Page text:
This Is AuburnElectronic Theses and Dissertations

Using Symbolic Data Analysis to Detect Fraud, Waste, and Abuse in Healthcare Insurance Claims Data




Reynolds, Frederick

Type of Degree

PhD Dissertation


Industrial and Systems Engineering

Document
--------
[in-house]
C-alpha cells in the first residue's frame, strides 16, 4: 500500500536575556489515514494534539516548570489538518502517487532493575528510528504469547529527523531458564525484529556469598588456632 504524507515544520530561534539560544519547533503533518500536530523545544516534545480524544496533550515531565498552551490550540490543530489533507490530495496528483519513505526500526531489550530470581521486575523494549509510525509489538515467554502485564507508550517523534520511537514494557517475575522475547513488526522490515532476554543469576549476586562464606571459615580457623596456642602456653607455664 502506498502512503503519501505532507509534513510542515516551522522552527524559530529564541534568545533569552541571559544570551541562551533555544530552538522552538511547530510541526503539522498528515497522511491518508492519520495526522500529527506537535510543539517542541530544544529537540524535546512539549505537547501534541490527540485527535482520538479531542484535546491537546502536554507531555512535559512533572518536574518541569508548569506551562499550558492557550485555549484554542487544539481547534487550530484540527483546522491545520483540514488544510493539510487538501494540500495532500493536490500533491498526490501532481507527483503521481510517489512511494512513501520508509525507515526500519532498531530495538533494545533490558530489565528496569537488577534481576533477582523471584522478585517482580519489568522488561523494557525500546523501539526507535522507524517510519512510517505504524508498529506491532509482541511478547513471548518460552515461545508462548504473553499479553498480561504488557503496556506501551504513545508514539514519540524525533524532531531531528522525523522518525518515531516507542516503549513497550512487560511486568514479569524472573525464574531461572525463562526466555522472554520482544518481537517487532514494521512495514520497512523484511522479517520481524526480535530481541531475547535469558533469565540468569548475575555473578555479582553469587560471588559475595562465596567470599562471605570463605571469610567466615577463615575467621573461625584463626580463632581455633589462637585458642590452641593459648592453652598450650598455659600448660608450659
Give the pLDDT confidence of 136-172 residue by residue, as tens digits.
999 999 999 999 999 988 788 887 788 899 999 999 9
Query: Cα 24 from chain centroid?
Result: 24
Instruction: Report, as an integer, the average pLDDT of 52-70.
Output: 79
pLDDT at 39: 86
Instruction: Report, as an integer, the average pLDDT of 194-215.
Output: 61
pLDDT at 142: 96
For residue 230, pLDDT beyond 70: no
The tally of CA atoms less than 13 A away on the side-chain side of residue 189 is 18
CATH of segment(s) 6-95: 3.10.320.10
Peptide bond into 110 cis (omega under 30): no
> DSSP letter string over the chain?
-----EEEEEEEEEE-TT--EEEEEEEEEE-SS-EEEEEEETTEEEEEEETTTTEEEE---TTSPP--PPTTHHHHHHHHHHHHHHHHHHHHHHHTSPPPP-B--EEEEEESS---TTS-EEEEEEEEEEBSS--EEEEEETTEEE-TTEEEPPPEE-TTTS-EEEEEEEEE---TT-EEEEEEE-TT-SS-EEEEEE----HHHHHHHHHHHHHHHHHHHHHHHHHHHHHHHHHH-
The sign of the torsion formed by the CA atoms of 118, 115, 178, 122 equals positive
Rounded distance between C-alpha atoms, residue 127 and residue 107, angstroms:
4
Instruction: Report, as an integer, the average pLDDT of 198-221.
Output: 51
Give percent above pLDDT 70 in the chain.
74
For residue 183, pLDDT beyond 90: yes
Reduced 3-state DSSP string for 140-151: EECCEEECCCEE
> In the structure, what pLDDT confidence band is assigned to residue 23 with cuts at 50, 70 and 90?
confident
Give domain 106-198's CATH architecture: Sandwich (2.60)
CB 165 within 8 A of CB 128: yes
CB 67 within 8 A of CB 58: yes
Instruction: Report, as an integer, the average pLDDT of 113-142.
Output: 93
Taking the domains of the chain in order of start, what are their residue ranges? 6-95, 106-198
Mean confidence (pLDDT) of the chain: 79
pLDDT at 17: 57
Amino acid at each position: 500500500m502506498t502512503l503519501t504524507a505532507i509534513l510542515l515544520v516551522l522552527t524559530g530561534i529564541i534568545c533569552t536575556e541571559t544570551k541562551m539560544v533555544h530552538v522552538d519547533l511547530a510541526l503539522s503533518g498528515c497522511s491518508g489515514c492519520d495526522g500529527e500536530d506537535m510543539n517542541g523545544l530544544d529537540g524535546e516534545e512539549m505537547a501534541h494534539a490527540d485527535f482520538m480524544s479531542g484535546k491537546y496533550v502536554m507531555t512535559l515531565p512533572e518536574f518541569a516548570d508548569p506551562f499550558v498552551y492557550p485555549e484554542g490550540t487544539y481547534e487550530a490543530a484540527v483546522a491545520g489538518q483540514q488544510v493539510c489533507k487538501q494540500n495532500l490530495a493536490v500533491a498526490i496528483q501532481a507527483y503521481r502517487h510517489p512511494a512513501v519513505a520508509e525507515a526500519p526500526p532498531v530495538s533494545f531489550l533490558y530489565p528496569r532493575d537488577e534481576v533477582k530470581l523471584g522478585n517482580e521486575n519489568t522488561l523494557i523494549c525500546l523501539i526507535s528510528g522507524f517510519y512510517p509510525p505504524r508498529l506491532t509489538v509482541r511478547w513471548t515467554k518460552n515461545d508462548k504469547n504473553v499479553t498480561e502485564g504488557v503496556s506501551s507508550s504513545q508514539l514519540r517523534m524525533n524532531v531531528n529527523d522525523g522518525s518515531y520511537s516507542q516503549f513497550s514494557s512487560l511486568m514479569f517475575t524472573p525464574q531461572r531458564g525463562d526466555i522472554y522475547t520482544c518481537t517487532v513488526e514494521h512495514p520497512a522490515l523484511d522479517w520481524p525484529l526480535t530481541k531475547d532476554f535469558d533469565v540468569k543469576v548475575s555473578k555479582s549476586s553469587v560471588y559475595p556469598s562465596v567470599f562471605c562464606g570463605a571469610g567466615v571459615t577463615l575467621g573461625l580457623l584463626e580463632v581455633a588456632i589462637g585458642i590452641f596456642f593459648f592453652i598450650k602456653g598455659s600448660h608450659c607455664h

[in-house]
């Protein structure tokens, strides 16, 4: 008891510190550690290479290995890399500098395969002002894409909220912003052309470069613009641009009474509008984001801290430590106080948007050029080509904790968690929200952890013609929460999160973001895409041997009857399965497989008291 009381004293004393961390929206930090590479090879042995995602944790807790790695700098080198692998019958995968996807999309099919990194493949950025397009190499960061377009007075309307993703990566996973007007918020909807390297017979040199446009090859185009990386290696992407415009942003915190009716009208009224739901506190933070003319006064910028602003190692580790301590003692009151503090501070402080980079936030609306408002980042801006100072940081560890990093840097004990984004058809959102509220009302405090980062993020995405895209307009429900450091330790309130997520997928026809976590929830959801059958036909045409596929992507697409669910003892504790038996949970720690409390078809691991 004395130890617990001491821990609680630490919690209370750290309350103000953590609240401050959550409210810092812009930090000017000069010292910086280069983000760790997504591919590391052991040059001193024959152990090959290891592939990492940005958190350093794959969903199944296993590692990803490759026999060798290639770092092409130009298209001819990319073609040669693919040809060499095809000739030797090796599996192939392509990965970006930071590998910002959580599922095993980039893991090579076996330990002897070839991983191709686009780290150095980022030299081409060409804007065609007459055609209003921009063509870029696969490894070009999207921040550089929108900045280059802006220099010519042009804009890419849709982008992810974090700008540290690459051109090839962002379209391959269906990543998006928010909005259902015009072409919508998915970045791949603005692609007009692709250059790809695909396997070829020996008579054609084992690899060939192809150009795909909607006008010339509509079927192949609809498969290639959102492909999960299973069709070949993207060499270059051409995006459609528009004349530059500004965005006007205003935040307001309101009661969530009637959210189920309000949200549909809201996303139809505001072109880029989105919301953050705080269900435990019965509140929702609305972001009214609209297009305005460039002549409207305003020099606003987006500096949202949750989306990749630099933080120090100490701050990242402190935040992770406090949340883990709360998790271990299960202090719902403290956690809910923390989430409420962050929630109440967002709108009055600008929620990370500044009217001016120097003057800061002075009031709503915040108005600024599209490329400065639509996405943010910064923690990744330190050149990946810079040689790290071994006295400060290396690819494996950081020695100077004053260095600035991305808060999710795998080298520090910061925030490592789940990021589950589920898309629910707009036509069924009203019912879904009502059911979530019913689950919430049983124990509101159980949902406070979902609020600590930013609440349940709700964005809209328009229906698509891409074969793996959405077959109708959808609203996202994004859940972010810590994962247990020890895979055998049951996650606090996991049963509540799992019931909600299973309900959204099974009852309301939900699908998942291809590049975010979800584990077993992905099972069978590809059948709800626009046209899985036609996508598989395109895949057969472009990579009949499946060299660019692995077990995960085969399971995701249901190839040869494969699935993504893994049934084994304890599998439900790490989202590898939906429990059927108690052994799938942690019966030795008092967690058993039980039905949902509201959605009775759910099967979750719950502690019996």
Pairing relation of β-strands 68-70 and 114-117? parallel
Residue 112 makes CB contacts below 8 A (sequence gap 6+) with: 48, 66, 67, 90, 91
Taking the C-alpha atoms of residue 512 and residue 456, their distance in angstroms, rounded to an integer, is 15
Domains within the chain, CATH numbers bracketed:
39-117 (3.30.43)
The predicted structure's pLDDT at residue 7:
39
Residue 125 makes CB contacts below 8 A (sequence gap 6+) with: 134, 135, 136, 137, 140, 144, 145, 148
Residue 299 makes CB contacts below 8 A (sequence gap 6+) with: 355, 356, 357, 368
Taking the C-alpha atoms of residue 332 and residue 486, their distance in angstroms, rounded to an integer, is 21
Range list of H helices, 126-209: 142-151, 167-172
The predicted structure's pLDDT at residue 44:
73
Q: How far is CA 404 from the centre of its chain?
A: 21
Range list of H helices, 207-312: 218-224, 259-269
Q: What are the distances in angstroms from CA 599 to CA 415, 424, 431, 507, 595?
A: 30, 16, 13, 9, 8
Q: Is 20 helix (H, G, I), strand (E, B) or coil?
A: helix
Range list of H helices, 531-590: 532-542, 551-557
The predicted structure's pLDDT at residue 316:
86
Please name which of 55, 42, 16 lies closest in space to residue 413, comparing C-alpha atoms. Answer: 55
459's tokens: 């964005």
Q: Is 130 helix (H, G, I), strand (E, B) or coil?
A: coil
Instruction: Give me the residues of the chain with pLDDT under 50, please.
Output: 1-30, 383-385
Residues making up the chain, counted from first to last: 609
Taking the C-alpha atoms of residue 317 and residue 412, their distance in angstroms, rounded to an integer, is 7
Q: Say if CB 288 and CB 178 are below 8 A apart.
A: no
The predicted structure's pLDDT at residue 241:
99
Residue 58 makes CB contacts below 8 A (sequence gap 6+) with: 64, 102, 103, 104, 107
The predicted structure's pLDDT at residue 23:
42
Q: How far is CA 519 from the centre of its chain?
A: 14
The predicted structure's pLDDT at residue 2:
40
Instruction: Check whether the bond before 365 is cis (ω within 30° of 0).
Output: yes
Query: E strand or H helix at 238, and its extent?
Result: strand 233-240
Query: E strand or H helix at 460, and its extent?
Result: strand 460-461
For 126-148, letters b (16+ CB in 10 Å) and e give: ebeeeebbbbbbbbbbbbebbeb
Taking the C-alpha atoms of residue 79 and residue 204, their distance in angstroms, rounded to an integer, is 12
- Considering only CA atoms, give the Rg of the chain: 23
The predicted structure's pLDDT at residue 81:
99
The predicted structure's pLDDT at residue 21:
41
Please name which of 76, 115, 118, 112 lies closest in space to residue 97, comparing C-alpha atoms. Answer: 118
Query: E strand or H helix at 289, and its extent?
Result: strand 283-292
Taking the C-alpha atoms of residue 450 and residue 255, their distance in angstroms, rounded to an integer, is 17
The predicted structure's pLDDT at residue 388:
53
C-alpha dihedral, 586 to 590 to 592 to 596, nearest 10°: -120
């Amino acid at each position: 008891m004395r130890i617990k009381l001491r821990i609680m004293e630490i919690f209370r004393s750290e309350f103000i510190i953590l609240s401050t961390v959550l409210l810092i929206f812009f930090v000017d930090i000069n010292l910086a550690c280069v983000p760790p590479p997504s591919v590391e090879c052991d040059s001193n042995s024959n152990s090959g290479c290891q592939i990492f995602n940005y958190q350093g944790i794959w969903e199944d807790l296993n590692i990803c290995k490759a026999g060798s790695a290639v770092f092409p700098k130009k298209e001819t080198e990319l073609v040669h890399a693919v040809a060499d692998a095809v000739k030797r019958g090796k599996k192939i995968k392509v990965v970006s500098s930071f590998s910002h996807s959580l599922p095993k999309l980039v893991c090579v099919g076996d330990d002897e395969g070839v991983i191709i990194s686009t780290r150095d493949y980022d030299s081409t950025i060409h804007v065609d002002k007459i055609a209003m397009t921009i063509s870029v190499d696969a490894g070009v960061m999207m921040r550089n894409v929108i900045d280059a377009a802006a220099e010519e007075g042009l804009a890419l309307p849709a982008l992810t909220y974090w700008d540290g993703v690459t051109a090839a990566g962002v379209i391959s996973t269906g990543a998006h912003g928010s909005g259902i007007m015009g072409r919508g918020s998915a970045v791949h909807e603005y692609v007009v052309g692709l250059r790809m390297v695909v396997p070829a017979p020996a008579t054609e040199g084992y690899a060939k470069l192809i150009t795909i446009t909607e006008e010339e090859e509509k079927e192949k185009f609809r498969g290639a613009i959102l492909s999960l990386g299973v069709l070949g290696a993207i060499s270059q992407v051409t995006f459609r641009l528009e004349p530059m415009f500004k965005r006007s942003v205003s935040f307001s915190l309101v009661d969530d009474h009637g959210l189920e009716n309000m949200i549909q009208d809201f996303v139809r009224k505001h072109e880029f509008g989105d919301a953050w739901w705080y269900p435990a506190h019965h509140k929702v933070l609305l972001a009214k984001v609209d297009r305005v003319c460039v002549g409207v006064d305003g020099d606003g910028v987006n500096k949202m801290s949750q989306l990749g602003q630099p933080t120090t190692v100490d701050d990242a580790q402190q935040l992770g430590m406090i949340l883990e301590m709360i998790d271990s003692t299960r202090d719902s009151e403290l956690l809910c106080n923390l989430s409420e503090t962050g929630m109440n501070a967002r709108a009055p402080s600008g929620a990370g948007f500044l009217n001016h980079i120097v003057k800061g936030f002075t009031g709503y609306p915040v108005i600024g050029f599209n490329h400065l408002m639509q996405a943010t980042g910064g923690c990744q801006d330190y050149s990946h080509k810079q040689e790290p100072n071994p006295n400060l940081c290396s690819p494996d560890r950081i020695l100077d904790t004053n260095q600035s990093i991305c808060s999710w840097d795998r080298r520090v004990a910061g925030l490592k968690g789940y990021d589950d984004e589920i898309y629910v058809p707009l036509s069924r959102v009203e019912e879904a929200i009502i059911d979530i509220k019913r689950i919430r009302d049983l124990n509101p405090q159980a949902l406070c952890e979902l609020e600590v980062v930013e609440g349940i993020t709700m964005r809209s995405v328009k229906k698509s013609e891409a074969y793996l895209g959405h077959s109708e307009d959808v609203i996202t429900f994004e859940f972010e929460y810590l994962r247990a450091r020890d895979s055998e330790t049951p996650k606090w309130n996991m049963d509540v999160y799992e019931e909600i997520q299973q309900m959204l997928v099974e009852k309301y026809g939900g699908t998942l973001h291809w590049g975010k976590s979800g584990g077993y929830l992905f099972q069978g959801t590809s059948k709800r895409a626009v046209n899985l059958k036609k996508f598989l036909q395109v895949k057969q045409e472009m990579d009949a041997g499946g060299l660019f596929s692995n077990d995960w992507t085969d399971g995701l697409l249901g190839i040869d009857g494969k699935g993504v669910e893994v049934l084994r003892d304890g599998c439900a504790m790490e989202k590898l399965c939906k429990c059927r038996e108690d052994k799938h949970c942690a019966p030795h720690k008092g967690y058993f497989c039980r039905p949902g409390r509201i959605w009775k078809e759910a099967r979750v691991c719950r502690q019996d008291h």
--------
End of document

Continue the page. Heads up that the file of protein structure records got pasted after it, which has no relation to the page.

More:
As the nation’s cost of healthcare continues to escalate, so does the exposure to instances of fraud, waste, and abuse. Multiple approaches to detecting these occurrences are in practice today and there are multiple organizations, public and private, which are focused on their identification and reduction. This dissertation investigates symbolic data analysis (SDA) and its applicability to detecting anomalistic behavior. SDA is a growing field of study and has implications far beyond what this dissertation will cover. The core concepts of SDA provide a foundation from which to develop an alternative approach to analyzing healthcare insurance claims data for the presence of anomalistic events. The research introduces a symbolic method that investigates data at a higher concept level as opposed to the traditional line level at which most analyses are performed. Simulated datasets and real-world inspired datasets are studied and results between symbolic and centroidal approaches are compared. Results suggest that symbolic anomaly detection techniques perform equally as well as their classical centroidal counterparts when only changes in mean distinguish one set of data from another. When changes are more subtle, particularly when means are equal but the underlying shapes of the distributions are different, the symbolic approach excels. Using the foundational principles of SDA, this dissertation introduces a novel technique to anomaly detection and provides an alternative way of analyzing healthcare insurance claims data for fraud, waste, and abuse.